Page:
Lots of small town business have turned to Facebook for a big part of their online presence. It’s easy to create a page, easy to post photos and updates, and easy to attract locals as fans. The problem is that Facebook is changing the rules so that almost no one sees what you share, and you don’t have any say about it.
Facebook is cutting down on how many posts from business pages actually appear where fans can see them. Facebook says they want more businesses to purchase paid ads and pay to promote or boost their posts. For small rural businesses that were using this as a no-out-of-pocket-cost form of advertising and staying in touch with customers, this is a blow.
So what can you do?
1. Use Facebook for the specific purposes it is good for: sharing things people want to re-share.
Share photos of happy customers, boost your community events and generally share good news. You’ll make fewer posts, but more people will act on them with likes and reshares. That activity will make the posts more visible to more of your audience, at least according to how Facebook is doing things now.
2. Use email to stay in touch with your existing customers.
Ask them to join your list where you share useful information. Collect their email address with their permission. Email them regularly with information that is helpful for them. Imagine that you are speaking one-on-one with a single customer. Help that one person. Yes, you can share specials or news, but talk more about them than you do about yourself.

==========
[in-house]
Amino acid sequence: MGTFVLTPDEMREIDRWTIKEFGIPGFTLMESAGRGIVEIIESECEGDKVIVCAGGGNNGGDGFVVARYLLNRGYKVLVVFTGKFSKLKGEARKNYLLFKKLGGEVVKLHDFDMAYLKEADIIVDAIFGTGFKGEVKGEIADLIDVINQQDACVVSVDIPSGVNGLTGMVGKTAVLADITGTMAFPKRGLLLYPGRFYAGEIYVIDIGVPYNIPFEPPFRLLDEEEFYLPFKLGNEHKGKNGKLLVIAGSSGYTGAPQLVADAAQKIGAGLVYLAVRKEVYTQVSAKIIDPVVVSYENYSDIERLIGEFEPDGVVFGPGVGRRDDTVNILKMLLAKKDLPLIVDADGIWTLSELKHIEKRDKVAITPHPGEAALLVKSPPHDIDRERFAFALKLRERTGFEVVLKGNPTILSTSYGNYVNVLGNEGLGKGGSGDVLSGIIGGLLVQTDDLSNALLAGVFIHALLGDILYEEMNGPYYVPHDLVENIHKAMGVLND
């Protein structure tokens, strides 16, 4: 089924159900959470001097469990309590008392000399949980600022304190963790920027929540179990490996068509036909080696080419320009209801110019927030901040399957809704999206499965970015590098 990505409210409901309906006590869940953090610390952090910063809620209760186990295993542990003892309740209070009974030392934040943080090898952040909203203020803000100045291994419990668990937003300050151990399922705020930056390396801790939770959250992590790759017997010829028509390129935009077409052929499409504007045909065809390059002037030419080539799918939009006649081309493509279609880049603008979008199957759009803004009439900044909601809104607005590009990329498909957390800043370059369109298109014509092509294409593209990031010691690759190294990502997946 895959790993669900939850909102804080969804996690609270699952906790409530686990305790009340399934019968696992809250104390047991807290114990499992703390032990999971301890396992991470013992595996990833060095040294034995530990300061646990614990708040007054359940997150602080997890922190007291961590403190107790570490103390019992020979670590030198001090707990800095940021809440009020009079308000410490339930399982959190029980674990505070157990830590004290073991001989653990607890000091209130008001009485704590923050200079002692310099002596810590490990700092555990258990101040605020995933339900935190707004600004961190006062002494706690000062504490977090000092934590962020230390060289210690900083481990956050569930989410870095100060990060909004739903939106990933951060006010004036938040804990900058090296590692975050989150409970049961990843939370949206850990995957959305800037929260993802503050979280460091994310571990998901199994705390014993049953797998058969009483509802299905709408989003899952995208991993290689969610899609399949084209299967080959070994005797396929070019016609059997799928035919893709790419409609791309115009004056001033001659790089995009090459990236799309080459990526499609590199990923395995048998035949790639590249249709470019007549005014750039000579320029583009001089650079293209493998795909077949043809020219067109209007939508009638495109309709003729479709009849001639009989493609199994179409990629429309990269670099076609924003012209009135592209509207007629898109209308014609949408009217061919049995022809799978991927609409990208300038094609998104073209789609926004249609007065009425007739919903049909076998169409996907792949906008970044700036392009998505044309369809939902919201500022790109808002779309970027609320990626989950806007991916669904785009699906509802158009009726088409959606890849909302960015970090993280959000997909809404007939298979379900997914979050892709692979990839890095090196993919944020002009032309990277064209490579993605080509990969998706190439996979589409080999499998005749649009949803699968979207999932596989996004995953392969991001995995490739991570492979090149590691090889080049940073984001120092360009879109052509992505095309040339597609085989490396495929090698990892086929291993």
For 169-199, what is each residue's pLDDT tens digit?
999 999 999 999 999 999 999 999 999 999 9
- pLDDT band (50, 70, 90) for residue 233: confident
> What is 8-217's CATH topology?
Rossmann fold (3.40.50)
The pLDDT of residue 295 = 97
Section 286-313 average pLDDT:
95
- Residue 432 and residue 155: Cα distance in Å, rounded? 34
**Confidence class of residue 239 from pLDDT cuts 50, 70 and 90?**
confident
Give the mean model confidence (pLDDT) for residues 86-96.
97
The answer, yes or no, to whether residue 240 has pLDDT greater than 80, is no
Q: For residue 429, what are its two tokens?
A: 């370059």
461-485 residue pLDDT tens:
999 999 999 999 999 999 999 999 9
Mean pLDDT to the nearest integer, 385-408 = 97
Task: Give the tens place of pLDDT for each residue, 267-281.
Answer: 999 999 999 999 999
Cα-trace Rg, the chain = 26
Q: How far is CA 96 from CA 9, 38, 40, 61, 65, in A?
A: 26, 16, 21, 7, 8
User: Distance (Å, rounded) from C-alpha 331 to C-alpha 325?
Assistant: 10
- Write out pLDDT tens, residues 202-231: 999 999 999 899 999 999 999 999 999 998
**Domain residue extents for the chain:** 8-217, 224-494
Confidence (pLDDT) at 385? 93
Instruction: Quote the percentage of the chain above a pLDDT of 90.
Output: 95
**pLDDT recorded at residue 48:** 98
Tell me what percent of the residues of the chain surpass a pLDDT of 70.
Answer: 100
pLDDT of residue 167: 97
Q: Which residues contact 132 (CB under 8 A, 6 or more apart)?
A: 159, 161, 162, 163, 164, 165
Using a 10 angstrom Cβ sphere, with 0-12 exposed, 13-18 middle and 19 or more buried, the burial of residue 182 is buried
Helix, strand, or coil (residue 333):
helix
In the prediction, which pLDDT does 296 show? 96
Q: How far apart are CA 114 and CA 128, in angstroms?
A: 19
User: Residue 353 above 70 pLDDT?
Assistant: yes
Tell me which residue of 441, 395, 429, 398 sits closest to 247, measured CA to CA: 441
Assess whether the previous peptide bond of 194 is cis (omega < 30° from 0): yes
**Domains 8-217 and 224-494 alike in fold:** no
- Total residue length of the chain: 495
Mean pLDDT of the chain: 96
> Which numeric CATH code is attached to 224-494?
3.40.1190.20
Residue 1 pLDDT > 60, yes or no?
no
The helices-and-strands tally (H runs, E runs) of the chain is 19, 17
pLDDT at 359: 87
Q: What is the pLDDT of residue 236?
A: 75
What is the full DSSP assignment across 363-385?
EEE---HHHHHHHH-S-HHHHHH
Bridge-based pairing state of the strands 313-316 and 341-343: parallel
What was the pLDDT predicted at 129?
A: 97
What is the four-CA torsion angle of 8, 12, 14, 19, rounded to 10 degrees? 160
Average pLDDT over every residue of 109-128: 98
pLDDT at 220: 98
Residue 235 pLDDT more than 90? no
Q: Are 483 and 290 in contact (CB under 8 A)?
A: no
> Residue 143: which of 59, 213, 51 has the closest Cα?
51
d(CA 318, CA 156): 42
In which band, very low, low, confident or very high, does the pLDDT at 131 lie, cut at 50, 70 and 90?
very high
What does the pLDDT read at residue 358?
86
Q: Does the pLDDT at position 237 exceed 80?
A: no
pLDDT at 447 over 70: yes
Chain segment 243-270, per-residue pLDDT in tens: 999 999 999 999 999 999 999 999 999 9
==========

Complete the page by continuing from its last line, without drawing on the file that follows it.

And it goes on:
3. Build a website where you answer customer questions.
Best bet: a blog where you can post regular updates. This is the place to post the information that possible customers might search for. What questions do they need answered? You can get ideas by writing down every question a customer asks you for two weeks. Answer those questions on your website.
Remember those three rules:
- Facebook is for sharing fun stuff.
- Email is for staying connected.
- Website is for answering questions.
Sound like a plan?
- About the Author
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Becky started Small Biz Survival in 2006 to share rural business and community building stories and ideas with other small town business people. She and her husband have a small cattle ranch and are lifelong entrepreneurs. Becky is an international speaker on small business and rural topics.